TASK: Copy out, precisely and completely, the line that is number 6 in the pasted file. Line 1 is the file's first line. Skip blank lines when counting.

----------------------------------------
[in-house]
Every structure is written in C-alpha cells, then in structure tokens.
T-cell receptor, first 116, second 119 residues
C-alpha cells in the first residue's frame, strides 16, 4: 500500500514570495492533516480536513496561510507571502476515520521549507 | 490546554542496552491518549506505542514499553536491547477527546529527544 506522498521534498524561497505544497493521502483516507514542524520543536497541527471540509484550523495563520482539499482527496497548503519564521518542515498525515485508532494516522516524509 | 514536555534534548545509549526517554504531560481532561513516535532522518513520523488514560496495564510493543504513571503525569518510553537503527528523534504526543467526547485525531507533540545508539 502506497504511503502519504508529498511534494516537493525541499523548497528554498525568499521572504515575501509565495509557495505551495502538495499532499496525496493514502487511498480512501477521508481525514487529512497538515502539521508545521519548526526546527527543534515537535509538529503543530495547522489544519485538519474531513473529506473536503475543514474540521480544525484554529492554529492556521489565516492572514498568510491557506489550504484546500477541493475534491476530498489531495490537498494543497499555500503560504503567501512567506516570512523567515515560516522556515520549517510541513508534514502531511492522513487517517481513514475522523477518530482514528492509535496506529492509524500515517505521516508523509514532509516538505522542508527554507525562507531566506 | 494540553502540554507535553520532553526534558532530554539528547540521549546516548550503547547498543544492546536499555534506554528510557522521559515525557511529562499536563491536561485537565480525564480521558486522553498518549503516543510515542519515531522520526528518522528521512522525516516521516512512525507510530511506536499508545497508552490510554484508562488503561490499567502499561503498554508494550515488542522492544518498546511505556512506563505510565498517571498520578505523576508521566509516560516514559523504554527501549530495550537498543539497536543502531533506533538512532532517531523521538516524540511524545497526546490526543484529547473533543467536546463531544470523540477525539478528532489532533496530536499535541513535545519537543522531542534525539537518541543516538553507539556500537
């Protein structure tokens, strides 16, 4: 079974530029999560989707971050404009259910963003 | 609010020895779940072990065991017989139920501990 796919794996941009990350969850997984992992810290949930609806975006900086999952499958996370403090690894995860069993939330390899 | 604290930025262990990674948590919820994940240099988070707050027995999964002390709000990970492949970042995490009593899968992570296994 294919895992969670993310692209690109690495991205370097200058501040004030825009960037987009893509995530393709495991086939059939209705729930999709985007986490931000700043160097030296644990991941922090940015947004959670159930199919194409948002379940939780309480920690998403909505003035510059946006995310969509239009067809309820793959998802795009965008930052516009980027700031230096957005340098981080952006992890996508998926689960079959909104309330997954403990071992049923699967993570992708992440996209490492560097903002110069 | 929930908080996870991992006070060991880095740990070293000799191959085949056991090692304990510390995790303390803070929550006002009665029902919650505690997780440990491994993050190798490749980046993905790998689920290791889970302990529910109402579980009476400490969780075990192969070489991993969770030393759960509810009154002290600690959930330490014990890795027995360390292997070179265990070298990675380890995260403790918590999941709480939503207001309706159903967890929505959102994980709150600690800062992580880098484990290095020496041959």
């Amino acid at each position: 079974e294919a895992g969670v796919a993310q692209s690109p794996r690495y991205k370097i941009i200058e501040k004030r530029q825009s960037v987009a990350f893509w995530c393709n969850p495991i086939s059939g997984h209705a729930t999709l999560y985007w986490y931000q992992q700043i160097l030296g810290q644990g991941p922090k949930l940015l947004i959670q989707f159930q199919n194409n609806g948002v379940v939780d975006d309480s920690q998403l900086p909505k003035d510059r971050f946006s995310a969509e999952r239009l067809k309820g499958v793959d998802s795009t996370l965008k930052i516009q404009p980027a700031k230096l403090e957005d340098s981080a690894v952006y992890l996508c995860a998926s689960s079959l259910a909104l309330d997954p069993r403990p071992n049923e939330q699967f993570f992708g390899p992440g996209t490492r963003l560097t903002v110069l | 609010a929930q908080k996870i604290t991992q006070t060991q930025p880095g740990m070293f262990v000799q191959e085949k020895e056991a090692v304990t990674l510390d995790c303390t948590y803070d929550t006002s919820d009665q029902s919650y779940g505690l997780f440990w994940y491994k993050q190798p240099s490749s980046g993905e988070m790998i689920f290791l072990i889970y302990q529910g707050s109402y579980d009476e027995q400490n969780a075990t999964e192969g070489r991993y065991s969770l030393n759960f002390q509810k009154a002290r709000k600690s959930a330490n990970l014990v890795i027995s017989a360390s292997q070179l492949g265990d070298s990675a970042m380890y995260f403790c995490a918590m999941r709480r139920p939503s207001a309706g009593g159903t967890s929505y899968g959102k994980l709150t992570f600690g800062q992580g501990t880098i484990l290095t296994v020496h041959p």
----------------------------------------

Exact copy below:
């Amino acid at each position: 079974e294919a895992g969670v796919a993310q692209s690109p794996r690495y991205k370097i941009i200058e501040k004030r530029q825009s960037v987009a990350f893509w995530c393709n969850p495991i086939s059939g997984h209705a729930t999709l999560y985007w986490y931000q992992q700043i160097l030296g810290q644990g991941p922090k949930l940015l947004i959670q989707f159930q199919n194409n609806g948002v379940v939780d975006d309480s920690q998403l900086p909505k003035d510059r971050f946006s995310a969509e999952r239009l067809k309820g499958v793959d998802s795009t996370l965008k930052i516009q404009p980027a700031k230096l403090e957005d340098s981080a690894v952006y992890l996508c995860a998926s689960s079959l259910a909104l309330d997954p069993r403990p071992n049923e939330q699967f993570f992708g390899p992440g996209t490492r963003l560097t903002v110069l | 609010a929930q908080k996870i604290t991992q006070t060991q930025p880095g740990m070293f262990v000799q191959e085949k020895e056991a090692v304990t990674l510390d995790c303390t948590y803070d929550t006002s919820d009665q029902s919650y779940g505690l997780f440990w994940y491994k993050q190798p240099s490749s980046g993905e988070m790998i689920f290791l072990i889970y302990q529910g707050s109402y579980d009476e027995q400490n969780a075990t999964e192969g070489r991993y065991s969770l030393n759960f002390q509810k009154a002290r709000k600690s959930a330490n990970l014990v890795i027995s017989a360390s292997q070179l492949g265990d070298s990675a970042m380890y995260f403790c995490a918590m999941r709480r139920p939503s207001a309706g009593g159903t967890s929505y899968g959102k994980l709150t992570f600690g800062q992580g501990t880098i484990l290095t296994v020496h041959p």